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How to Prepare for Behavioural Interview Questions: A guide to understanding and preparing for this common interview technique.

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How to Prepare for Behavioural Interview Questions


Behavioural interview questions have become a staple in the modern recruitment process. These questions are designed to delve into your past experiences to predict your future performance. Unlike traditional interview questions that focus on your skills and qualifications, behavioural questions aim to reveal your character, problem-solving abilities, and how you handle challenges. In this article, we’ll guide you through the best practices for preparing for behavioural interview questions.

Understand the STAR Technique

One of the most effective ways to answer behavioural questions is by using the STAR technique. This acronym stands for:

  • S: Situation
  • T: Task
  • A: Action
  • R: Result

By structuring your answers in this format, you can provide a comprehensive and coherent response that covers all aspects of the experience you’re discussing.

Identify Key Competencies

Before the interview, review the job description to identify the key competencies required for the role. These could include teamwork, leadership, problem-solving, and adaptability. Prepare examples that demonstrate these competencies.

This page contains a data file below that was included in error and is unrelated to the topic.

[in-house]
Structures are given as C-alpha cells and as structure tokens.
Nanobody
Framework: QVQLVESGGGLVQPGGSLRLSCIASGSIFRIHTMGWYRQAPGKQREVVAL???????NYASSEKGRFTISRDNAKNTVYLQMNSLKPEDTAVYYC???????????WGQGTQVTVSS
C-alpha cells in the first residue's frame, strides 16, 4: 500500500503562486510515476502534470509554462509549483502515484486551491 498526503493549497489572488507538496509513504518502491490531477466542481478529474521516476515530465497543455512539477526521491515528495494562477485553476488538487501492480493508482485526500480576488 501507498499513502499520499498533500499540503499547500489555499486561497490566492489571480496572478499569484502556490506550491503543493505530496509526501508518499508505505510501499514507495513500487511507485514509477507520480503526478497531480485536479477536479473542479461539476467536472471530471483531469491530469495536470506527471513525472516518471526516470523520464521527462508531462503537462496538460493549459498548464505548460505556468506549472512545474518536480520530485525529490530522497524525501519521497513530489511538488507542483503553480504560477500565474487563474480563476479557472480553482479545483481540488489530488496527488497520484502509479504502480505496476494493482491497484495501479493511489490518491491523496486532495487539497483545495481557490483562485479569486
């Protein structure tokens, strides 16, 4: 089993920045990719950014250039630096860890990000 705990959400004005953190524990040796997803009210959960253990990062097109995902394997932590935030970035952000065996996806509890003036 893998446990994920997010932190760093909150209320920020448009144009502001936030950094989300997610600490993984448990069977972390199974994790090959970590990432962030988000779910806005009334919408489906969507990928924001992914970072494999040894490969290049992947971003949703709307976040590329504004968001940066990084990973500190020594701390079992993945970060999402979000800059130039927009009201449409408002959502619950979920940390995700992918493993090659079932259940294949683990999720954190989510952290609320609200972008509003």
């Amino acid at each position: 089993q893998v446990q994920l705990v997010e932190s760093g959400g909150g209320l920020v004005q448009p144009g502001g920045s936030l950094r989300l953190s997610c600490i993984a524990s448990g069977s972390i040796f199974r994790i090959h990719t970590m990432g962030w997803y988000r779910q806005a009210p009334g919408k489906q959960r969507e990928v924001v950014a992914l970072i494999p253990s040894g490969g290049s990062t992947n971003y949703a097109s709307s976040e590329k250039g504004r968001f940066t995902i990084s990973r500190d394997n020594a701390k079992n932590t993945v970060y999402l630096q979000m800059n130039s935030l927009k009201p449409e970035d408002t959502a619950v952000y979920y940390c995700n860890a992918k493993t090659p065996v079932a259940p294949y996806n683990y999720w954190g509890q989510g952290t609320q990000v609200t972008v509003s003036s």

Prepare Your Stories

Once you’ve identified the key competencies, think of specific situations where you’ve demonstrated these skills. Prepare a brief story for each, making sure to cover the Situation, Task, Action, and Result. Practise these stories until you can recount them smoothly.

Be Authentic

While it’s important to prepare, your answers should still feel spontaneous and authentic. Over-rehearsed answers can come across as disingenuous. Maintain eye contact, listen carefully to the question, and take a moment to gather your thoughts before answering.

Use Real Examples

Always use real-life examples to answer behavioural questions. Hypothetical answers are generally not as impactful and don’t provide the interviewer with insights into your actual experience and skills.

Follow Up with Questions

After answering a behavioural question, it’s often beneficial to ask the interviewer a related question. This could be something like, “Is there a specific situation where this skill would be useful in this role?” This shows that you’re engaged and thinking about how you can contribute to the company.

Helix Perspective

At Helix Hire, we believe that behavioural interviews are an invaluable tool for matching candidates with the right roles. They allow us to go beyond the CV and get to know the person, their values, and their problem-solving abilities. We encourage all our candidates to prepare for these questions, not just to impress us, but to gain a deeper understanding of themselves as professionals.

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